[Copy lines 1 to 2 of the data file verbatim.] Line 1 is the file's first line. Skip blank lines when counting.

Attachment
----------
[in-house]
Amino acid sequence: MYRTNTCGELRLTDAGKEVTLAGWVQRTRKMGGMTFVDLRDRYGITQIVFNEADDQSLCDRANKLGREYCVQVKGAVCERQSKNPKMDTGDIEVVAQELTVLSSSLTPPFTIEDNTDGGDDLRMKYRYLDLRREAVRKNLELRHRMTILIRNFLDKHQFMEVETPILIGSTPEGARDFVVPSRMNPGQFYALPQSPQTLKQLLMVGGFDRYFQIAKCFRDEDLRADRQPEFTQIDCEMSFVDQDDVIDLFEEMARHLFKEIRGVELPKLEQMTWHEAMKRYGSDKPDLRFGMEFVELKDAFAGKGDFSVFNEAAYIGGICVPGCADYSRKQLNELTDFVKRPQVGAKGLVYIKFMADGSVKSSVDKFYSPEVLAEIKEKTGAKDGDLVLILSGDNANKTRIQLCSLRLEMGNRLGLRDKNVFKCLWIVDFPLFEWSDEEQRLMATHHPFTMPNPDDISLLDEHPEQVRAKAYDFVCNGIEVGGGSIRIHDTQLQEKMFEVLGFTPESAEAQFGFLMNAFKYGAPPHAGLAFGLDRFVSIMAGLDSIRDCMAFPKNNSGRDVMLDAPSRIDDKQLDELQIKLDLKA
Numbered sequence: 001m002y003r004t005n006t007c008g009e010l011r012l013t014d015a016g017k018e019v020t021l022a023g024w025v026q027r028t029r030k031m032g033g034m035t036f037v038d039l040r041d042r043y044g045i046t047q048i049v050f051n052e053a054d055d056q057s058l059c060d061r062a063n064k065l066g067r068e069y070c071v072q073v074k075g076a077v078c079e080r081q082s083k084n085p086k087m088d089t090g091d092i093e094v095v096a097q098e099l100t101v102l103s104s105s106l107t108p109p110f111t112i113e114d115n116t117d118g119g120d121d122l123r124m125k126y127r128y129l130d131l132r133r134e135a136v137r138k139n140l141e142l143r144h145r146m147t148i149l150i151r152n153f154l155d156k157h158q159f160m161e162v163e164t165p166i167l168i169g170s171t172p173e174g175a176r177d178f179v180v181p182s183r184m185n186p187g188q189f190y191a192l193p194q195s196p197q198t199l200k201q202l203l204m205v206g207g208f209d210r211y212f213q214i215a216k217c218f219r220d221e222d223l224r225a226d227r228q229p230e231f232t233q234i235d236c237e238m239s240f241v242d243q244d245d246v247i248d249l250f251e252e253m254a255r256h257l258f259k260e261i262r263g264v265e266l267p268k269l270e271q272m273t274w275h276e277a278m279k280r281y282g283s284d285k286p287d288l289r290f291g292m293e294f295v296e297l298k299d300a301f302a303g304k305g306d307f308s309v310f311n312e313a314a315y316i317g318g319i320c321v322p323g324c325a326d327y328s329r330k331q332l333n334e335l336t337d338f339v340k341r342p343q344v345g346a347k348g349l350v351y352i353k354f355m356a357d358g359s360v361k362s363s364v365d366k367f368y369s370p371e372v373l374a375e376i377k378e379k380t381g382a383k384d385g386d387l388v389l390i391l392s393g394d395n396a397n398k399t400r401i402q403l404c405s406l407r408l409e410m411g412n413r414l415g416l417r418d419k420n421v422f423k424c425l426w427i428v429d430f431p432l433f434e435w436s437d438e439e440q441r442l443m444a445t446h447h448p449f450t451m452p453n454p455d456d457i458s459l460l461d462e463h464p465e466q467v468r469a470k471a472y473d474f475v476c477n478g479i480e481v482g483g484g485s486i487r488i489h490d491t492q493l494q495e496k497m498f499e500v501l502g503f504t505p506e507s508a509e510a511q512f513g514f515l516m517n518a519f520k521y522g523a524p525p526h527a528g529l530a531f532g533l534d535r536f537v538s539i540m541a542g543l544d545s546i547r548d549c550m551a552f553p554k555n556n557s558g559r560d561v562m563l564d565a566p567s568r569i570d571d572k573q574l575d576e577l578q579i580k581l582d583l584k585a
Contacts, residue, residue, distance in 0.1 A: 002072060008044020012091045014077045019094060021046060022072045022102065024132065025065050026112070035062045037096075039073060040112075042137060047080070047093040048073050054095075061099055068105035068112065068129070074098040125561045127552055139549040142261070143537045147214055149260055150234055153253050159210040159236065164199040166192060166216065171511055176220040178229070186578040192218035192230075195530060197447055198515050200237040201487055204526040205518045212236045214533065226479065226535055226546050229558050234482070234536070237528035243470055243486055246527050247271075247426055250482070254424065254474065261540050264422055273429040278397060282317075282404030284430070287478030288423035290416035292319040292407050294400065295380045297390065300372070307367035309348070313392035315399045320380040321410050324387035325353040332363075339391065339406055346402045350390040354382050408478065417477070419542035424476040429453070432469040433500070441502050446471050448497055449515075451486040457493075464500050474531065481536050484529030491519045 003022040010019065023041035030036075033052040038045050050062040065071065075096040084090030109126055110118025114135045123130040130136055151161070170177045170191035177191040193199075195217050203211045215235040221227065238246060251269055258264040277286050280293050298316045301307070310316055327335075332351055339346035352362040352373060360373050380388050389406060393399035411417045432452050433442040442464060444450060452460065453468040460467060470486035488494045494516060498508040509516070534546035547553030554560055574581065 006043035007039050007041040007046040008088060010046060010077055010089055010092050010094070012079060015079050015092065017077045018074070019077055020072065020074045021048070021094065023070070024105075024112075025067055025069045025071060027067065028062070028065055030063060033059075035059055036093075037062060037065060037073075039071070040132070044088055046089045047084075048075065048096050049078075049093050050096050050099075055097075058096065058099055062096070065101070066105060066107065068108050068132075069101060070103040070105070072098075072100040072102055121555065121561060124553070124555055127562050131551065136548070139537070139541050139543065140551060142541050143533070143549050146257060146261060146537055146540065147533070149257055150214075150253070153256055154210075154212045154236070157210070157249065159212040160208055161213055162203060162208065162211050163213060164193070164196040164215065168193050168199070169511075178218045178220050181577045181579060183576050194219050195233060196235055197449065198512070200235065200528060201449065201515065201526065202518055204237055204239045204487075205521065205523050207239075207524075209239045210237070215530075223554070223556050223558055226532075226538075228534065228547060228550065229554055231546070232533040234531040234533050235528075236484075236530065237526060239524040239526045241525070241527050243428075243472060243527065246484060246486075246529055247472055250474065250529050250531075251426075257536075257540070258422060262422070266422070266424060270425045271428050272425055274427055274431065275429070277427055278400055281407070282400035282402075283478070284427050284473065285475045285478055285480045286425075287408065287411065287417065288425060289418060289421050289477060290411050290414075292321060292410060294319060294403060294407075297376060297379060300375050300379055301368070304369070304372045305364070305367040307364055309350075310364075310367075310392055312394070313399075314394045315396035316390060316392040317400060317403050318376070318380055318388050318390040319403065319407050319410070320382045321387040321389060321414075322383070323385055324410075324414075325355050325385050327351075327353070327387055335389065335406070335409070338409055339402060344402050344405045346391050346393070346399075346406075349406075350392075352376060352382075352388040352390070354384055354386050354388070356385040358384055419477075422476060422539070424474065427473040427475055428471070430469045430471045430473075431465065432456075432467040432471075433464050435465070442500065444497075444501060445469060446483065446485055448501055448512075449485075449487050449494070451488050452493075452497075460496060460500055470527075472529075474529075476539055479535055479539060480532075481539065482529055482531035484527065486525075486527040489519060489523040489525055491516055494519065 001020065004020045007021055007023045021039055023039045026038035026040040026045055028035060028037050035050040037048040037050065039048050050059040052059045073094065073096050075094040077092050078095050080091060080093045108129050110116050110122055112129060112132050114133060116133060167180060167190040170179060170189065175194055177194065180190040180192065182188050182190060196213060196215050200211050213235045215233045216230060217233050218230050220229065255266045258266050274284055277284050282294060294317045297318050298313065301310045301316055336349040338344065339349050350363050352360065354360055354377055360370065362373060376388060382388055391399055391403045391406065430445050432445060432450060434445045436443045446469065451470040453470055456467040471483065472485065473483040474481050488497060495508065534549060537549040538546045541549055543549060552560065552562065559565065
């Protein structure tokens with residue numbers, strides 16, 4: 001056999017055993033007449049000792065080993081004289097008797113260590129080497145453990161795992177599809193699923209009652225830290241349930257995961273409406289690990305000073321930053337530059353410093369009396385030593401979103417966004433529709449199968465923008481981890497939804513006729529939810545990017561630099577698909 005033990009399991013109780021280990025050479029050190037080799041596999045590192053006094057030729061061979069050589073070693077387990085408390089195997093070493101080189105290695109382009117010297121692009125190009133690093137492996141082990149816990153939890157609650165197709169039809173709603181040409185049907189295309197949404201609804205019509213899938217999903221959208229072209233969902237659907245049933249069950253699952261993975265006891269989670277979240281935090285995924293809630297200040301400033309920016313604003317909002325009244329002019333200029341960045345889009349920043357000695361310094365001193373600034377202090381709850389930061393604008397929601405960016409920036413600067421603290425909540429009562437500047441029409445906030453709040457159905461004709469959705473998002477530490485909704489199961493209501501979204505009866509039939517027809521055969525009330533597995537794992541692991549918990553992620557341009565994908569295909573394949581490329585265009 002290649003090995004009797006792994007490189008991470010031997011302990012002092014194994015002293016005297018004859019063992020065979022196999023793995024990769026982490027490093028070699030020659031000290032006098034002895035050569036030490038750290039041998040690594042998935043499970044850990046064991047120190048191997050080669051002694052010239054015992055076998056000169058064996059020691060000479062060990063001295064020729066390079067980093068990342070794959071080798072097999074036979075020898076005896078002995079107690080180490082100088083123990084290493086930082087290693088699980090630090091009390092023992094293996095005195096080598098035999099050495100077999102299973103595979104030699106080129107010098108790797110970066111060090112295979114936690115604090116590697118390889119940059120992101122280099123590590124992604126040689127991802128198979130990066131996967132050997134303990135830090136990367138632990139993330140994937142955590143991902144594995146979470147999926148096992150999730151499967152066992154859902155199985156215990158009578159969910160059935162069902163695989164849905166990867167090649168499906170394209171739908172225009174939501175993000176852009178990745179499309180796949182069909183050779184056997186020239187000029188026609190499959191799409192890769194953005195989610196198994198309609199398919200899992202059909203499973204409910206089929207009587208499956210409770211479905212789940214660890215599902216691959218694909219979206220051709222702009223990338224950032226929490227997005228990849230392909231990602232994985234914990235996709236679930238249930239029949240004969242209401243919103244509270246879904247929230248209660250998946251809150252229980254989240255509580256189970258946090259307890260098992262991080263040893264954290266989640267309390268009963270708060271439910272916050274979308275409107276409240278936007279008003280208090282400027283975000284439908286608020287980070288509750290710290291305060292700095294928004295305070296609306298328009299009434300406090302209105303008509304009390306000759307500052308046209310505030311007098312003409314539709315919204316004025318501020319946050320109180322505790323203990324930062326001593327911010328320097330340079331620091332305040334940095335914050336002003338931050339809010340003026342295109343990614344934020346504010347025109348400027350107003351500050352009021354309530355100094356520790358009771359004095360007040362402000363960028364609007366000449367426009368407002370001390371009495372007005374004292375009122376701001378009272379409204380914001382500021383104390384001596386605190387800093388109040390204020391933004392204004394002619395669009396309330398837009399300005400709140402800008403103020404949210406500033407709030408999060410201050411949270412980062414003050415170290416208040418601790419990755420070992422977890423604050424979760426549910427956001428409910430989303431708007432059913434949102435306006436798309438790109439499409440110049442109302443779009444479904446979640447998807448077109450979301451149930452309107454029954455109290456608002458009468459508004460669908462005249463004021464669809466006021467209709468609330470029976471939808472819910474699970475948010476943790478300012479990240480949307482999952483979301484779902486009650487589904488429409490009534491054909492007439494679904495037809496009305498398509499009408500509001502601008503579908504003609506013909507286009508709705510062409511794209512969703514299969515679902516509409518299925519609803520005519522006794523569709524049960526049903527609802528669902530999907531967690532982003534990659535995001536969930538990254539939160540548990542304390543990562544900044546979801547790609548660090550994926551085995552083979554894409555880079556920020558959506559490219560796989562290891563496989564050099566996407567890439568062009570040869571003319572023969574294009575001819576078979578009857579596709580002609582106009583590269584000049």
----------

[in-house]
Amino acid sequence: MYRTNTCGELRLTDAGKEVTLAGWVQRTRKMGGMTFVDLRDRYGITQIVFNEADDQSLCDRANKLGREYCVQVKGAVCERQSKNPKMDTGDIEVVAQELTVLSSSLTPPFTIEDNTDGGDDLRMKYRYLDLRREAVRKNLELRHRMTILIRNFLDKHQFMEVETPILIGSTPEGARDFVVPSRMNPGQFYALPQSPQTLKQLLMVGGFDRYFQIAKCFRDEDLRADRQPEFTQIDCEMSFVDQDDVIDLFEEMARHLFKEIRGVELPKLEQMTWHEAMKRYGSDKPDLRFGMEFVELKDAFAGKGDFSVFNEAAYIGGICVPGCADYSRKQLNELTDFVKRPQVGAKGLVYIKFMADGSVKSSVDKFYSPEVLAEIKEKTGAKDGDLVLILSGDNANKTRIQLCSLRLEMGNRLGLRDKNVFKCLWIVDFPLFEWSDEEQRLMATHHPFTMPNPDDISLLDEHPEQVRAKAYDFVCNGIEVGGGSIRIHDTQLQEKMFEVLGFTPESAEAQFGFLMNAFKYGAPPHAGLAFGLDRFVSIMAGLDSIRDCMAFPKNNSGRDVMLDAPSRIDDKQLDELQIKLDLKA